Tortoises are personal pets that have gained immense popularity around the world in recent years. And as evidenced by the proliferation of books and websites catering to the subject of captive tortoise maintenance, keepers of tortoises are constantly seeking information about providing their pets with optimal conditions. Many species adapt well to captivity, but pet tortoises are very much wild animals. Knowledge about their wild counterparts, therefore, may help tortoise keepers go a long way in satisfying the needs of their pet tortoises. The purpose of this article is to discuss aspects of the biology of wild tortoises – including evolutionary history, life history traits, physiological ecology, and social behaviors and communication – that can help keepers of tortoises provide a better existence for both captive and wild tortoises. In my third post, I discuss physiological ecology of tortoises.

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Tortoises Through the Eyes of a Biologist: What Can Wild Tortoises Tell Us About Our Pets? Part II: Life History

Tortoises are personal pets that have gained immense popularity around the world in recent years. And as evidenced by the proliferation of books and websites catering to the subject of captive tortoise maintenance, keepers of tortoises are constantly seeking information about providing their pets with optimal conditions. Many species adapt well to captivity, but pet tortoises are very much wild animals. Knowledge about their wild counterparts, therefore, may help tortoise keepers go a long way in satisfying the needs of their pet tortoises. The purpose of this article is to discuss aspects of the biology of wild tortoises – including evolutionary history, life history traits, physiological ecology, and social behaviors and communication – that can help keepers of tortoises provide a better existence for both captive and wild tortoises. In my second post, I discuss life history traits of tortoises.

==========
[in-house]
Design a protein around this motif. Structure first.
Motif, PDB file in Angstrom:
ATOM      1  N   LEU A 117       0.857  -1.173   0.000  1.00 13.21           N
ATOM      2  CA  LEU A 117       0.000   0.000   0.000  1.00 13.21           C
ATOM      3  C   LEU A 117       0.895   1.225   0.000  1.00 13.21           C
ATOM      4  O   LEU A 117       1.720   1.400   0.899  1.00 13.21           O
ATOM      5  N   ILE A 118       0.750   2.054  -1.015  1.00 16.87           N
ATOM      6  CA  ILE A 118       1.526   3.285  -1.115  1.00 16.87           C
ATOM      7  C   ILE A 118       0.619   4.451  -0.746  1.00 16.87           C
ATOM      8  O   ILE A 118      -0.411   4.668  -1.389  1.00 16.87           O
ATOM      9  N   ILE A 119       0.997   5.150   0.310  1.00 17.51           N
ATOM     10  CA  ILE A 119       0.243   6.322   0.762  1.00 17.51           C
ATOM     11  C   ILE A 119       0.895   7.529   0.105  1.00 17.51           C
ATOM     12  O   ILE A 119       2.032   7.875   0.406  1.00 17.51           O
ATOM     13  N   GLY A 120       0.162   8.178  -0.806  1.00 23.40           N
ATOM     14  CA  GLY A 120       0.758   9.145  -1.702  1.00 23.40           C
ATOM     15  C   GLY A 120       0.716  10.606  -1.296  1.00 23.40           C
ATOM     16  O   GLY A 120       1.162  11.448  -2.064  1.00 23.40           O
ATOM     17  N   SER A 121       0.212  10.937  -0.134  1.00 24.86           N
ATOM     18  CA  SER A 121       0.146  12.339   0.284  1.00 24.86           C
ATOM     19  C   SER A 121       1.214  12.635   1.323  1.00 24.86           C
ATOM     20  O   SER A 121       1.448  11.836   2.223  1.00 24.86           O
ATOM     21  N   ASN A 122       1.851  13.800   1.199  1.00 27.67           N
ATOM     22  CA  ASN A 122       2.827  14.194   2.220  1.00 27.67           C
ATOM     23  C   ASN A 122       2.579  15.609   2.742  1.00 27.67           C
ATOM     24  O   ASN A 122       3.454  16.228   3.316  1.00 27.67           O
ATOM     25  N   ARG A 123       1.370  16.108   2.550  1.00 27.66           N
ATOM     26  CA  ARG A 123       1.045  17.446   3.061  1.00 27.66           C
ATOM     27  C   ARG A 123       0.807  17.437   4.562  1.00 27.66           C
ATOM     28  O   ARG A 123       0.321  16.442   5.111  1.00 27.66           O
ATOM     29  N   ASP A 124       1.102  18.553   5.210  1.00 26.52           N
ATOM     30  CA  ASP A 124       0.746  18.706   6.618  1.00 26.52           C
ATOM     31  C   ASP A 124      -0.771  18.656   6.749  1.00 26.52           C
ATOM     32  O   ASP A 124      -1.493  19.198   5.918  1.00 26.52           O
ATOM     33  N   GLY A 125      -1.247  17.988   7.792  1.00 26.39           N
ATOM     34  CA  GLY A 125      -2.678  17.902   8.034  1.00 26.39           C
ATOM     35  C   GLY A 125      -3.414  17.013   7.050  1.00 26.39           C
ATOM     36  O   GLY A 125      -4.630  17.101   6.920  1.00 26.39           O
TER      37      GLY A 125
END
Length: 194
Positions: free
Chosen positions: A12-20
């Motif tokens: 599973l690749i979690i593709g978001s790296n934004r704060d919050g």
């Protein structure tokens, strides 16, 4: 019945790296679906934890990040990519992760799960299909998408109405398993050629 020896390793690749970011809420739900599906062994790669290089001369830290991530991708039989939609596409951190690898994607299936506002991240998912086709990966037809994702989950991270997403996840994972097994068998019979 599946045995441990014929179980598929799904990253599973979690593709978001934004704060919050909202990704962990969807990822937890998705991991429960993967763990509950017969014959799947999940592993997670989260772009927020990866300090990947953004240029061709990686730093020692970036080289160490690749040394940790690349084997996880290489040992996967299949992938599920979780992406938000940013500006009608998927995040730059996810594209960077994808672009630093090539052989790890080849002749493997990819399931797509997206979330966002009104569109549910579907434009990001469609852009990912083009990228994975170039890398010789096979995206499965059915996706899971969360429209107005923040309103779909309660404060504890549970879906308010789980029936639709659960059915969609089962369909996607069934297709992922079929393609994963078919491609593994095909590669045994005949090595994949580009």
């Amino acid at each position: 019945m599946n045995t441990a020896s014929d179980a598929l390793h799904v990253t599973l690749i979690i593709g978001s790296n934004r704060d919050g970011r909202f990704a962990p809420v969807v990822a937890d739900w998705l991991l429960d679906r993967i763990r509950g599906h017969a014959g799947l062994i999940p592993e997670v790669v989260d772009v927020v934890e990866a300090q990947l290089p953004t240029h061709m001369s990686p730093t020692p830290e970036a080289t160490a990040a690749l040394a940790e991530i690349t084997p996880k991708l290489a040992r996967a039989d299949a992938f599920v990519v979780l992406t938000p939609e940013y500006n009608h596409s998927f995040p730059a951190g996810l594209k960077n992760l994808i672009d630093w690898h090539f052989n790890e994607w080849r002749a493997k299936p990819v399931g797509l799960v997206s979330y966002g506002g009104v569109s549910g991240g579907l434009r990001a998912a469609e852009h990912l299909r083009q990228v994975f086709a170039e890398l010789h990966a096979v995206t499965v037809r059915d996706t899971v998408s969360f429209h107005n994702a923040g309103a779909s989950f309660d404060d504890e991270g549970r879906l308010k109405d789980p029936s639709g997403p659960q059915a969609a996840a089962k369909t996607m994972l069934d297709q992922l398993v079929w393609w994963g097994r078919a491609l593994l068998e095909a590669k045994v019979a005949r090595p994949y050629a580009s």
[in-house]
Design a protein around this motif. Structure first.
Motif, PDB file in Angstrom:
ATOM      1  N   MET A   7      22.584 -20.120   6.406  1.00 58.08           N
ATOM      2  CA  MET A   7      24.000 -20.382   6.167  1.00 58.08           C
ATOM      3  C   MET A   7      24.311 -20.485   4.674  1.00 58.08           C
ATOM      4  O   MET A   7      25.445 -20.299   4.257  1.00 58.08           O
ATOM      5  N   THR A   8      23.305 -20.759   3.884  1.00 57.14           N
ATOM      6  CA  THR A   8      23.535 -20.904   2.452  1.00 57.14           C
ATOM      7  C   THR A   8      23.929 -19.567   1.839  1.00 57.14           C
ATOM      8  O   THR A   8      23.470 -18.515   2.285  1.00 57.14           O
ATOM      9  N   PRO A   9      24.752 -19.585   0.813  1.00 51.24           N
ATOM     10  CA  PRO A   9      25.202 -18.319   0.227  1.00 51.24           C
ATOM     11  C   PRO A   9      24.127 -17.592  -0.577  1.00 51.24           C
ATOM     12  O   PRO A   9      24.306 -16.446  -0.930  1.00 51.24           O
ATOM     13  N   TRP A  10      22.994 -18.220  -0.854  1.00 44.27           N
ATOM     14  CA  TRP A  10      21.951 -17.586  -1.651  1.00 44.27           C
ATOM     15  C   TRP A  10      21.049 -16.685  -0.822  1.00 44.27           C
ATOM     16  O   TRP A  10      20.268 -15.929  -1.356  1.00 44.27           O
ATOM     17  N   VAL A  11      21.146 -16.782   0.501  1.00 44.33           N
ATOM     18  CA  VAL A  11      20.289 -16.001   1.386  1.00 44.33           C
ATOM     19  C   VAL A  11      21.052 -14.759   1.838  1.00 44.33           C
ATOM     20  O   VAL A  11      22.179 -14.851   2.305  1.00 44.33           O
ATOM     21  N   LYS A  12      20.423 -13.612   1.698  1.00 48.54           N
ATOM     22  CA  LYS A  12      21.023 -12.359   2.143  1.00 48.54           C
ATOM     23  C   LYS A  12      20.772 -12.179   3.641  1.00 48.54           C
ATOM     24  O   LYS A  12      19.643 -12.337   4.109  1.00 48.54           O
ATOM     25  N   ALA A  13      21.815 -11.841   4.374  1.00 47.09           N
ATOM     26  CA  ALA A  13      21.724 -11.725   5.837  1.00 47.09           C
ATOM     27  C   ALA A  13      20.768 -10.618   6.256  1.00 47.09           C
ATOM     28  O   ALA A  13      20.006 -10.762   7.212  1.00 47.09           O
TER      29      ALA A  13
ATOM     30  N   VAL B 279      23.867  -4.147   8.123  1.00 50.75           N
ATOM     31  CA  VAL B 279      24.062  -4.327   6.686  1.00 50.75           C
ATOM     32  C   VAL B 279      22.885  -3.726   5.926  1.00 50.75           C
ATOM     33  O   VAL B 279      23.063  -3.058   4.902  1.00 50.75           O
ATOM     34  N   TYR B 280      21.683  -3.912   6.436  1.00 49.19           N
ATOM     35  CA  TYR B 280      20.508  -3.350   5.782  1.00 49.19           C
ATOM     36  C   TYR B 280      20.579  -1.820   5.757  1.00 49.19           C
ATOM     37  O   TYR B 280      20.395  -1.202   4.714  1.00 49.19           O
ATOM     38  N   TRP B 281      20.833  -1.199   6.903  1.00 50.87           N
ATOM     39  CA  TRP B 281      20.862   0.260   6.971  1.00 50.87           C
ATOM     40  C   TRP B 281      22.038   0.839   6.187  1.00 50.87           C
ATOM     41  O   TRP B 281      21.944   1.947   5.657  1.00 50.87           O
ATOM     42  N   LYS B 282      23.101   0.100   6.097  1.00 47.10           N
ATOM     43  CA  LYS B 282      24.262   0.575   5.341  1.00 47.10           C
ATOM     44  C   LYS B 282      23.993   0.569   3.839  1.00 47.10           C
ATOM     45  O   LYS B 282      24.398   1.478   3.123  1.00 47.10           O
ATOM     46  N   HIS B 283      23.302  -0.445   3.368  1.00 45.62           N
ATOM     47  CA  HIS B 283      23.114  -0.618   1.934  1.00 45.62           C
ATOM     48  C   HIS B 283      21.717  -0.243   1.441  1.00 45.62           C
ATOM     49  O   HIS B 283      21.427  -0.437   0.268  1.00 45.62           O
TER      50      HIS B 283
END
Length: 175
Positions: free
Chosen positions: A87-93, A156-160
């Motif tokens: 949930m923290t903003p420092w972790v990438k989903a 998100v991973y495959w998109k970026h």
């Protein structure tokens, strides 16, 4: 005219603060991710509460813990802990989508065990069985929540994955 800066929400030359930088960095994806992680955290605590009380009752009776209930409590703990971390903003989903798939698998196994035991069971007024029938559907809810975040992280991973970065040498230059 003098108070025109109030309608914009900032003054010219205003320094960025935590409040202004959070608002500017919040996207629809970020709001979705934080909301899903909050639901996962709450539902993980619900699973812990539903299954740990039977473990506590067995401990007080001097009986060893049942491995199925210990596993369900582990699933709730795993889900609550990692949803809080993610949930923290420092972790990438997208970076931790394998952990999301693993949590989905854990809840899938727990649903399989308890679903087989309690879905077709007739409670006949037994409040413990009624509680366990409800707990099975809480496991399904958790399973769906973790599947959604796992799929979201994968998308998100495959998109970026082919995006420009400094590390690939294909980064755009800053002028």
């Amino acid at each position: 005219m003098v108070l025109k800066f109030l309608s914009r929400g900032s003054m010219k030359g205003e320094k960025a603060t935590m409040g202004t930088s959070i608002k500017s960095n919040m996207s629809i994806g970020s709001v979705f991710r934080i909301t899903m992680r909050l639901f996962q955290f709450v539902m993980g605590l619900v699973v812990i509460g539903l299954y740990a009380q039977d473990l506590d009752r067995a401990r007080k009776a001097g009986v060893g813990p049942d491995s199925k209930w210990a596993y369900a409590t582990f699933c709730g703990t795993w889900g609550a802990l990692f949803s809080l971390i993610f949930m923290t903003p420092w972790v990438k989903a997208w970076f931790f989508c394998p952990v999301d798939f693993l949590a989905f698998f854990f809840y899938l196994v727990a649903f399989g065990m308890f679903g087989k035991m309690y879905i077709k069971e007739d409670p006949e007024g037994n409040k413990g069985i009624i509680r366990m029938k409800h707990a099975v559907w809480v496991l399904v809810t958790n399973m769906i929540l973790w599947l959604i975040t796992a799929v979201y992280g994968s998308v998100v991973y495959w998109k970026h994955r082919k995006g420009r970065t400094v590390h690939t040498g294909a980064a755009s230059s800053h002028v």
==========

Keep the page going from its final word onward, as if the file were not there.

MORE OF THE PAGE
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Tortoise Through the Eyes of a Biologist: What Can Wild Tortoises Tell Us About Our Pets? Part I: Evolutionary History

Tortoises are personal pets that have gained immense popularity around the world in recent years. And as evidenced by the proliferation of books and websites catering to the subject of captive tortoise maintenance, keepers of tortoises are constantly seeking information about providing their pets with optimal conditions. Many species adapt well to captivity, but pet tortoises are very much wild animals. Knowledge about their wild counterparts, therefore, may help tortoise keepers go a long way in satisfying the needs of their pet tortoises. The purpose of this series of posts is to discuss aspects of the biology of wild tortoises – including evolutionary history, life history traits, physiological ecology, and social behaviors and communication – that can help keepers of tortoises provide a better existence for both captive and wild tortoises. In my first post, I discuss the evolutionary history of tortoises.

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Pilot Study: Collecting DNA Samples from Wild Pancake Tortoises in Tanzania

 

Pancake tortoise research

Reginald Mwaya introduces me to the pancake tortoise site at Jenjeluse. The agricultural crops in the background are a recent development.

I’ve just returned from my most recent trip to east Africa, where I had the opportunity to collect tissue samples (blood) from two naturally-occurring pancake tortoise (Malocochersus tornieri) populations in central Tanzania.